Today we are going to continue to look at Matthew 7. This is the closing of the sermon on the mount. It’s sort of the application part of the sermon. Last time we looked at how self righteousness gets in the way of helping others. Today I want to look at the next section dealing with asking God for things.
Here is what Jesus says
Ask and it will be given to you; seek and you will find; knock and the door will be opened to you. For everyone who asks receives; the one who seeks finds; and to the one who knocks, the door will be opened.
“Which of you, if your son asks for bread, will give him a stone? Or if he asks for a fish, will give him a snake? If you, then, though you are evil, know how to give good gifts to your children, how much more will your Father in heaven give good gifts to those who ask him!
The first paragraph fits into an interesting category of scripture abuse. This is the sort of thing that is often used to justify what is often called the prosperity gospel. The idea that whatever you want, if you just ask God, then He will give it to you.
This idea leads to all sorts of problems. It puts our desires or what we feel we want, in front of God’s. It leads to all kinds of confusion. It leads to guilt for people who end up being told, or at least feeling as if they had just prayed enough or in the right way that things would have turned out the way they wanted. Or it leads to self centered materialistic prayer. This mindset leads to a serious amount of disappointment in God.
The reason this happens is that it is almost always taken out of the context of the sermon as a whole and frankly even out of context of the second paragraph.
The sermon on the mount is, as a whole, about the Kingdom. Jesus is saying, “In the world it is this way, but in the Kingdom it is . . . ” Remember this is the closing statement. In a sense Jesus is saying “Everything I’ve said today being true – ask, seek, knock. . ” It’s not a stand alone paragraph.
This is not to say that Jesus doesn’t care about what we want. It’s not to say that Jesus thinks all of our desires are 100% selfish or wrong. But this paragraph assumes the rest of the sermon and that we are operating with a Kingdom mindset. It assumes a Kingdom ask, seek and knock. It assumes a starting point of submission to God and a focus on His desires and will for our life.
The second paragraph assumes God’s love for us. This has been an incredibly challenging sermon. Jesus has said a lot of hard things and challenged pretty much every self centered cultural norm possible. And then He says in a sense, “Look, God loves you so much! He’s not in this to make it worse for you.”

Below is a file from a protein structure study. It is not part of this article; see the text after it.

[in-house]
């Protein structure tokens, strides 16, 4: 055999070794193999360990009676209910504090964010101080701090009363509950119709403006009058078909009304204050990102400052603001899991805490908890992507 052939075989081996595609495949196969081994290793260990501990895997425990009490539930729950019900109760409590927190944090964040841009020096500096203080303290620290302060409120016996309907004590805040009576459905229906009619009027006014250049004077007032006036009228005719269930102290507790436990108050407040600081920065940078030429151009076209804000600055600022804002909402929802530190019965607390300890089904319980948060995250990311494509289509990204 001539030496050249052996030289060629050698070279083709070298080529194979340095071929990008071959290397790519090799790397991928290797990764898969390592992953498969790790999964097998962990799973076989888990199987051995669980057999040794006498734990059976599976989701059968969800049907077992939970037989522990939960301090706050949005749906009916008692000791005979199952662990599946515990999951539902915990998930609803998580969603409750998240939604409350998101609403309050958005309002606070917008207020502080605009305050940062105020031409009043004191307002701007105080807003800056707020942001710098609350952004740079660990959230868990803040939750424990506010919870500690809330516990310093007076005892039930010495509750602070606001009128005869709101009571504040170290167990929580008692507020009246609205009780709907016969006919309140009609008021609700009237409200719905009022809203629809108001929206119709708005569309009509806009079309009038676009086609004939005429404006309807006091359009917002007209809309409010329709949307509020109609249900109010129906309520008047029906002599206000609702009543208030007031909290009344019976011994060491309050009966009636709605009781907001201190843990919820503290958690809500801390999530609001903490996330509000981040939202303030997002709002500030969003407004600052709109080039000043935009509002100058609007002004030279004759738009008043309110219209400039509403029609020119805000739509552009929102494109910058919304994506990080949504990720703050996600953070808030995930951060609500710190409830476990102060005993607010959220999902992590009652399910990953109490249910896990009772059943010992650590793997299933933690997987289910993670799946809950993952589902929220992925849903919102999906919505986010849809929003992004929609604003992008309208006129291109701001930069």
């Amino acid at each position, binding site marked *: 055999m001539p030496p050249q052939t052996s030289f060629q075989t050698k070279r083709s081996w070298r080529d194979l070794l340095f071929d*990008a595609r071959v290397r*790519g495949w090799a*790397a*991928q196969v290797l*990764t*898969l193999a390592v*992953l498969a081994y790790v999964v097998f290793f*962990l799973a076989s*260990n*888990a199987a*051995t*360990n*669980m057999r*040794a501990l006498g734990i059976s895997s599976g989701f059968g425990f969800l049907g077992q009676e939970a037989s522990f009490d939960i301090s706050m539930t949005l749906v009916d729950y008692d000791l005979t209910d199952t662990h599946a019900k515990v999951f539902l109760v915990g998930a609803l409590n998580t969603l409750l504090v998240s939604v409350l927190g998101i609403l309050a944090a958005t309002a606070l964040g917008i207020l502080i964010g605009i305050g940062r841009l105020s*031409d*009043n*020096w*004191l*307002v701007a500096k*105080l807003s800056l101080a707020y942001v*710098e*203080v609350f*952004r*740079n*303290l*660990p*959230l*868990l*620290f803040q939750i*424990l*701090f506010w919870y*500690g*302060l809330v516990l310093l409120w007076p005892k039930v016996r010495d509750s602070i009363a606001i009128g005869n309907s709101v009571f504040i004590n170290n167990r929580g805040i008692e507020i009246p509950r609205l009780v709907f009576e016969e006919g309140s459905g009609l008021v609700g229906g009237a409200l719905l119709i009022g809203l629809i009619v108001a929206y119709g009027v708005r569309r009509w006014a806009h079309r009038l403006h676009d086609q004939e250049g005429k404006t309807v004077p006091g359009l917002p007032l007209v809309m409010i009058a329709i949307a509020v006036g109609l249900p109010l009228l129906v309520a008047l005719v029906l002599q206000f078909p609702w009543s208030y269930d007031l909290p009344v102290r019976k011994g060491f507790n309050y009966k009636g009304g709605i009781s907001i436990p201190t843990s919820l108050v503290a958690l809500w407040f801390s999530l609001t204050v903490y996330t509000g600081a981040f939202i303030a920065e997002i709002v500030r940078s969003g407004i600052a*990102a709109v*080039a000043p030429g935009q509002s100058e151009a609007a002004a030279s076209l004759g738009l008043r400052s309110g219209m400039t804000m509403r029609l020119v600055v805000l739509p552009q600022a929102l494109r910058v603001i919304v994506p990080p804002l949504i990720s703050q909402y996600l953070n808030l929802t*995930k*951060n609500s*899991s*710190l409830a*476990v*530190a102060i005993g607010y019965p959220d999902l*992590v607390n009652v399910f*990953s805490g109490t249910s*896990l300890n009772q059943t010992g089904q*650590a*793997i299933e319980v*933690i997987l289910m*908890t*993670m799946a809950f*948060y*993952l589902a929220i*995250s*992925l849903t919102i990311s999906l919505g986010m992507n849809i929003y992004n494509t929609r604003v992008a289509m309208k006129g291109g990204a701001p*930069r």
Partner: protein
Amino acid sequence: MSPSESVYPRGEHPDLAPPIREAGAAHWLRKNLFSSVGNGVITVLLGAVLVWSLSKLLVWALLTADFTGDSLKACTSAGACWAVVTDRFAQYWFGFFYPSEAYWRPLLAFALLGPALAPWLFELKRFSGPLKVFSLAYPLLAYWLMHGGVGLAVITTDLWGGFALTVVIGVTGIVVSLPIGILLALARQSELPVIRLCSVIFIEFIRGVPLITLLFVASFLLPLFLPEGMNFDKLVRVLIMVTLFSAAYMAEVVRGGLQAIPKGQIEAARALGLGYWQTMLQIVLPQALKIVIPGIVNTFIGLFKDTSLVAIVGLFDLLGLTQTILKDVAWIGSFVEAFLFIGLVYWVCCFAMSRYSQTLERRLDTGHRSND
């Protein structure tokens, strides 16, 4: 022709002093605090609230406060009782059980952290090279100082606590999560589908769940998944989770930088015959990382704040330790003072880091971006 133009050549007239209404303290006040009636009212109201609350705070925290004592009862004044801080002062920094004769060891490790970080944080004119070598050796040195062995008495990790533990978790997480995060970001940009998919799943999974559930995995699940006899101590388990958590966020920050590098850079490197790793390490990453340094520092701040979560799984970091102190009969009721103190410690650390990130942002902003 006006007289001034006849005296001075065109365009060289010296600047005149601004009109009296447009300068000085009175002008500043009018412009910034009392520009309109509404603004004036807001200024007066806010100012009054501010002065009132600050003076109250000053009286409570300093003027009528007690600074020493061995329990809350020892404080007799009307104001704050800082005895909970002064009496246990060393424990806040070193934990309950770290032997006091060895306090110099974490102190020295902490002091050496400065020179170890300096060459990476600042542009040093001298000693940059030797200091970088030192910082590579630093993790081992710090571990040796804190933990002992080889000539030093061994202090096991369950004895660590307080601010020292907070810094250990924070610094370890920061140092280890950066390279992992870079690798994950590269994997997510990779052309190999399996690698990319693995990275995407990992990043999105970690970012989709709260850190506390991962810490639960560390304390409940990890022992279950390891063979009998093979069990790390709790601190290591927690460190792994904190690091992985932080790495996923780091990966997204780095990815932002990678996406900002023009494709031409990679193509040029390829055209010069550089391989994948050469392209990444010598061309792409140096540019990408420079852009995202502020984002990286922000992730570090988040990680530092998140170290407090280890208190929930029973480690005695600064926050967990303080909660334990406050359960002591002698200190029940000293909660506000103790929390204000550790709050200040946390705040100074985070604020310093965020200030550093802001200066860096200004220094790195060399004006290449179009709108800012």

For an analogy He uses the most loving human relationship created – the family. In the created order, and even in the fallen one, parents generally love their kids. Yes there are exceptions. And may God bless and protect the children in those exceptions. But in general parents love their kids. But God loves you even more.
Which parent if their kid needs bread will give them a stone? If the parent, who is fallen, knows how to help their kids, how much more does God know how to help.
The message He’s been delivering in the sermon is not because God doesn’t love us, is holding out on us, or wants us to have less life. NO! It’s because He has better for us. His way is the way to more life, not less. The Kingdom He has been describing is shocking and challenging. But it is better.
On top of this, it’s important to recognize the inverse of this example. That is what parent, who is fallen, if his kid comes to him and asks for a snake will give him the snake, instead of the fish that he needs? The kid may really want the snake. He doesn’t see why the snake is bad. But the parent knows what the kid needs is the fish.
In the same way when we ask for something out of our own mindset instead of the Kingdom mindset, God is not looking to give it to us. He knows what we need. He knows what will bring us to the Kingdom life. He’s not looking to give us what will drive us further away from Him. Now we might ignore Him and in some cases fight to go get what we don’t need or what doesn’t help us on our own. But God is only going to intentionally give us what helps us move into the Kingdom. He sees the big picture and the long game. He’s not interested in our short term happiness if that gets in the way our holiness, growth or even entrance into the Kingdom. Part of being a good parent is giving what the kid needs. But part of it is not giving the kid what will hurt them, no matter how much they “want” it.
The message then is God loves us and His way, His Kingdom, is the best for us. If we operate in that mindset we will be aligned with Him. We will want to be a part of this new life that He is offering. And He stand ready, willing, and excited to give it to us.